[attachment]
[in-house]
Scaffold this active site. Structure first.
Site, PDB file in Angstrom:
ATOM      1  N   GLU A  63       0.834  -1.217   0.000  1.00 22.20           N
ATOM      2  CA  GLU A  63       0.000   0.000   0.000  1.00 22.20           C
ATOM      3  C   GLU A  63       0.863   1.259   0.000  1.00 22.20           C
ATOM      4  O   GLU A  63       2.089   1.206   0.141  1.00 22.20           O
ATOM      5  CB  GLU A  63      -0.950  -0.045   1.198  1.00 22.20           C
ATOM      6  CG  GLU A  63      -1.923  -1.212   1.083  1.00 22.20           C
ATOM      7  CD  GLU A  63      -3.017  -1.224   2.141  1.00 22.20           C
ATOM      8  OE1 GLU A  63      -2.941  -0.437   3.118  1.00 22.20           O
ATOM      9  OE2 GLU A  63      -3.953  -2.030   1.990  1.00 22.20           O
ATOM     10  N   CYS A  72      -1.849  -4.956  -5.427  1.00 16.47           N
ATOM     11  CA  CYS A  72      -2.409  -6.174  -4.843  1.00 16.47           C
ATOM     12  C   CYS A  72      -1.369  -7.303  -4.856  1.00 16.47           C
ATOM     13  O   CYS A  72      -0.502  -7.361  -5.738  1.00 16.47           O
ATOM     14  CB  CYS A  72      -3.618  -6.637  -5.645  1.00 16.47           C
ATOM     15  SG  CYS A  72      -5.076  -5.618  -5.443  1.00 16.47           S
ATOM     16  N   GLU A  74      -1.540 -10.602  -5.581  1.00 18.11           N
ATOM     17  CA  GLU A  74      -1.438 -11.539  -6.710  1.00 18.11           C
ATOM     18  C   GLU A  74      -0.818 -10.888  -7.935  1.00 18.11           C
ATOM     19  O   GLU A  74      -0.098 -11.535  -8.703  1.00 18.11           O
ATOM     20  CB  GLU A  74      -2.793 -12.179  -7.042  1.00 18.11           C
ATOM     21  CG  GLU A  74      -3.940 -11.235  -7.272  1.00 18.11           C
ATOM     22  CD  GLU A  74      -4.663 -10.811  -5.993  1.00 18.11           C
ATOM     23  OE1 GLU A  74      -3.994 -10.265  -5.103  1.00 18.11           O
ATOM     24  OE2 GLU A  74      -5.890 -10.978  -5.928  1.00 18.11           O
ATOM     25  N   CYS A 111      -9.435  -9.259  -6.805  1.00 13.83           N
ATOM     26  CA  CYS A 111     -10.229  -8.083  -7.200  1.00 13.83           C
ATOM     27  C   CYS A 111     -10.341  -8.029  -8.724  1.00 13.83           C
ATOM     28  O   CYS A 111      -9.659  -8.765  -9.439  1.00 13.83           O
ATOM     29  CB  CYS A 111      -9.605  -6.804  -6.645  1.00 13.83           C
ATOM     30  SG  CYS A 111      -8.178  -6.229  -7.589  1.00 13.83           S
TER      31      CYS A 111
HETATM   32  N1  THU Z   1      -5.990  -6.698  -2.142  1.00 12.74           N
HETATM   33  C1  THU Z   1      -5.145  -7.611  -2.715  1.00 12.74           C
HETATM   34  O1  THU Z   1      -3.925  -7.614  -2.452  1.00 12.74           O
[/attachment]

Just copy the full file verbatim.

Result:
[in-house]
Scaffold this active site. Structure first.
Site, PDB file in Angstrom:
ATOM      1  N   GLU A  63       0.834  -1.217   0.000  1.00 22.20           N
ATOM      2  CA  GLU A  63       0.000   0.000   0.000  1.00 22.20           C
ATOM      3  C   GLU A  63       0.863   1.259   0.000  1.00 22.20           C
ATOM      4  O   GLU A  63       2.089   1.206   0.141  1.00 22.20           O
ATOM      5  CB  GLU A  63      -0.950  -0.045   1.198  1.00 22.20           C
ATOM      6  CG  GLU A  63      -1.923  -1.212   1.083  1.00 22.20           C
ATOM      7  CD  GLU A  63      -3.017  -1.224   2.141  1.00 22.20           C
ATOM      8  OE1 GLU A  63      -2.941  -0.437   3.118  1.00 22.20           O
ATOM      9  OE2 GLU A  63      -3.953  -2.030   1.990  1.00 22.20           O
ATOM     10  N   CYS A  72      -1.849  -4.956  -5.427  1.00 16.47           N
ATOM     11  CA  CYS A  72      -2.409  -6.174  -4.843  1.00 16.47           C
ATOM     12  C   CYS A  72      -1.369  -7.303  -4.856  1.00 16.47           C
ATOM     13  O   CYS A  72      -0.502  -7.361  -5.738  1.00 16.47           O
ATOM     14  CB  CYS A  72      -3.618  -6.637  -5.645  1.00 16.47           C
ATOM     15  SG  CYS A  72      -5.076  -5.618  -5.443  1.00 16.47           S
ATOM     16  N   GLU A  74      -1.540 -10.602  -5.581  1.00 18.11           N
ATOM     17  CA  GLU A  74      -1.438 -11.539  -6.710  1.00 18.11           C
ATOM     18  C   GLU A  74      -0.818 -10.888  -7.935  1.00 18.11           C
ATOM     19  O   GLU A  74      -0.098 -11.535  -8.703  1.00 18.11           O
ATOM     20  CB  GLU A  74      -2.793 -12.179  -7.042  1.00 18.11           C
ATOM     21  CG  GLU A  74      -3.940 -11.235  -7.272  1.00 18.11           C
ATOM     22  CD  GLU A  74      -4.663 -10.811  -5.993  1.00 18.11           C
ATOM     23  OE1 GLU A  74      -3.994 -10.265  -5.103  1.00 18.11           O
ATOM     24  OE2 GLU A  74      -5.890 -10.978  -5.928  1.00 18.11           O
ATOM     25  N   CYS A 111      -9.435  -9.259  -6.805  1.00 13.83           N
ATOM     26  CA  CYS A 111     -10.229  -8.083  -7.200  1.00 13.83           C
ATOM     27  C   CYS A 111     -10.341  -8.029  -8.724  1.00 13.83           C
ATOM     28  O   CYS A 111      -9.659  -8.765  -9.439  1.00 13.83           O
ATOM     29  CB  CYS A 111      -9.605  -6.804  -6.645  1.00 13.83           C
ATOM     30  SG  CYS A 111      -8.178  -6.229  -7.589  1.00 13.83           S
TER      31      CYS A 111
HETATM   32  N1  THU Z   1      -5.990  -6.698  -2.142  1.00 12.74           N
HETATM   33  C1  THU Z   1      -5.145  -7.611  -2.715  1.00 12.74           C
HETATM   34  O1  THU Z   1      -3.925  -7.614  -2.452  1.00 12.74           O